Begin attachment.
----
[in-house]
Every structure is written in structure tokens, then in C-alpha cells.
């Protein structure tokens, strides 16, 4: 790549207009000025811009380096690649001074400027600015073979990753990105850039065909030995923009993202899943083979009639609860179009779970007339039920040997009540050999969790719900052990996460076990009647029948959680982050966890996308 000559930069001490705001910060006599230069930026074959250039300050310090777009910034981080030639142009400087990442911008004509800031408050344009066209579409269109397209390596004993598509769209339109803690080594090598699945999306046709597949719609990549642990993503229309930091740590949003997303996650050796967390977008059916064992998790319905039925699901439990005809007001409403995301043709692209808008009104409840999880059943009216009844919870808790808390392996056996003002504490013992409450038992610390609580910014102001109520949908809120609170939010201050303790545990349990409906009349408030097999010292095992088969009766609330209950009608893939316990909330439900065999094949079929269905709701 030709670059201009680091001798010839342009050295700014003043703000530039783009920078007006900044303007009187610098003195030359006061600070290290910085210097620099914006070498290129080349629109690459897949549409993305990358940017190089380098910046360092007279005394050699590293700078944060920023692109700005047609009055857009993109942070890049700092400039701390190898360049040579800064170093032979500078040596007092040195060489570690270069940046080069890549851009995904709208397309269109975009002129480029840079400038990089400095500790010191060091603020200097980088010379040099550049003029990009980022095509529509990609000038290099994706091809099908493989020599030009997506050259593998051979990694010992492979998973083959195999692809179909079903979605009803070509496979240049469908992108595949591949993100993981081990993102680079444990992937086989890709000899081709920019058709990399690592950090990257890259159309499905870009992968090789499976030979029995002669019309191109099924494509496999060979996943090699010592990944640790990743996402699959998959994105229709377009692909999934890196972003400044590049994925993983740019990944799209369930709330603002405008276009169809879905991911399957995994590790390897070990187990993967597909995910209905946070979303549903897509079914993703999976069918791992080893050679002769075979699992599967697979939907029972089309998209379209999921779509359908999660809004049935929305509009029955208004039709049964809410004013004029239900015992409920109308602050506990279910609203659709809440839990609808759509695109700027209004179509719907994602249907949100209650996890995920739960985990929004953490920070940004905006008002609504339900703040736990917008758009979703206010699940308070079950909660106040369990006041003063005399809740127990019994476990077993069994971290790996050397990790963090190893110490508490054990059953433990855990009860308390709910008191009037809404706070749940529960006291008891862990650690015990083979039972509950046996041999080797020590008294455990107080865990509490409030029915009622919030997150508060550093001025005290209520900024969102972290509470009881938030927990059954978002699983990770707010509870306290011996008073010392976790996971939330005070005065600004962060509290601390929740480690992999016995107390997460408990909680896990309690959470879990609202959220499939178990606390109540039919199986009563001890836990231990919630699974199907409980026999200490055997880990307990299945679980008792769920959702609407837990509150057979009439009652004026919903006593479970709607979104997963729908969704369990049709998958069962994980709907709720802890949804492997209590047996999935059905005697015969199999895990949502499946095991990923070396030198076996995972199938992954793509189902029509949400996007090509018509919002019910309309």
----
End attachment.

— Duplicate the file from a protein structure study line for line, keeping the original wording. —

[in-house]
Every structure is written in structure tokens, then in C-alpha cells.
């Protein structure tokens, strides 16, 4: 790549207009000025811009380096690649001074400027600015073979990753990105850039065909030995923009993202899943083979009639609860179009779970007339039920040997009540050999969790719900052990996460076990009647029948959680982050966890996308 000559930069001490705001910060006599230069930026074959250039300050310090777009910034981080030639142009400087990442911008004509800031408050344009066209579409269109397209390596004993598509769209339109803690080594090598699945999306046709597949719609990549642990993503229309930091740590949003997303996650050796967390977008059916064992998790319905039925699901439990005809007001409403995301043709692209808008009104409840999880059943009216009844919870808790808390392996056996003002504490013992409450038992610390609580910014102001109520949908809120609170939010201050303790545990349990409906009349408030097999010292095992088969009766609330209950009608893939316990909330439900065999094949079929269905709701 030709670059201009680091001798010839342009050295700014003043703000530039783009920078007006900044303007009187610098003195030359006061600070290290910085210097620099914006070498290129080349629109690459897949549409993305990358940017190089380098910046360092007279005394050699590293700078944060920023692109700005047609009055857009993109942070890049700092400039701390190898360049040579800064170093032979500078040596007092040195060489570690270069940046080069890549851009995904709208397309269109975009002129480029840079400038990089400095500790010191060091603020200097980088010379040099550049003029990009980022095509529509990609000038290099994706091809099908493989020599030009997506050259593998051979990694010992492979998973083959195999692809179909079903979605009803070509496979240049469908992108595949591949993100993981081990993102680079444990992937086989890709000899081709920019058709990399690592950090990257890259159309499905870009992968090789499976030979029995002669019309191109099924494509496999060979996943090699010592990944640790990743996402699959998959994105229709377009692909999934890196972003400044590049994925993983740019990944799209369930709330603002405008276009169809879905991911399957995994590790390897070990187990993967597909995910209905946070979303549903897509079914993703999976069918791992080893050679002769075979699992599967697979939907029972089309998209379209999921779509359908999660809004049935929305509009029955208004039709049964809410004013004029239900015992409920109308602050506990279910609203659709809440839990609808759509695109700027209004179509719907994602249907949100209650996890995920739960985990929004953490920070940004905006008002609504339900703040736990917008758009979703206010699940308070079950909660106040369990006041003063005399809740127990019994476990077993069994971290790996050397990790963090190893110490508490054990059953433990855990009860308390709910008191009037809404706070749940529960006291008891862990650690015990083979039972509950046996041999080797020590008294455990107080865990509490409030029915009622919030997150508060550093001025005290209520900024969102972290509470009881938030927990059954978002699983990770707010509870306290011996008073010392976790996971939330005070005065600004962060509290601390929740480690992999016995107390997460408990909680896990309690959470879990609202959220499939178990606390109540039919199986009563001890836990231990919630699974199907409980026999200490055997880990307990299945679980008792769920959702609407837990509150057979009439009652004026919903006593479970709607979104997963729908969704369990049709998958069962994980709907709720802890949804492997209590047996999935059905005697015969199999895990949502499946095991990923070396030198076996995972199938992954793509189902029509949400996007090509018509919002019910309309």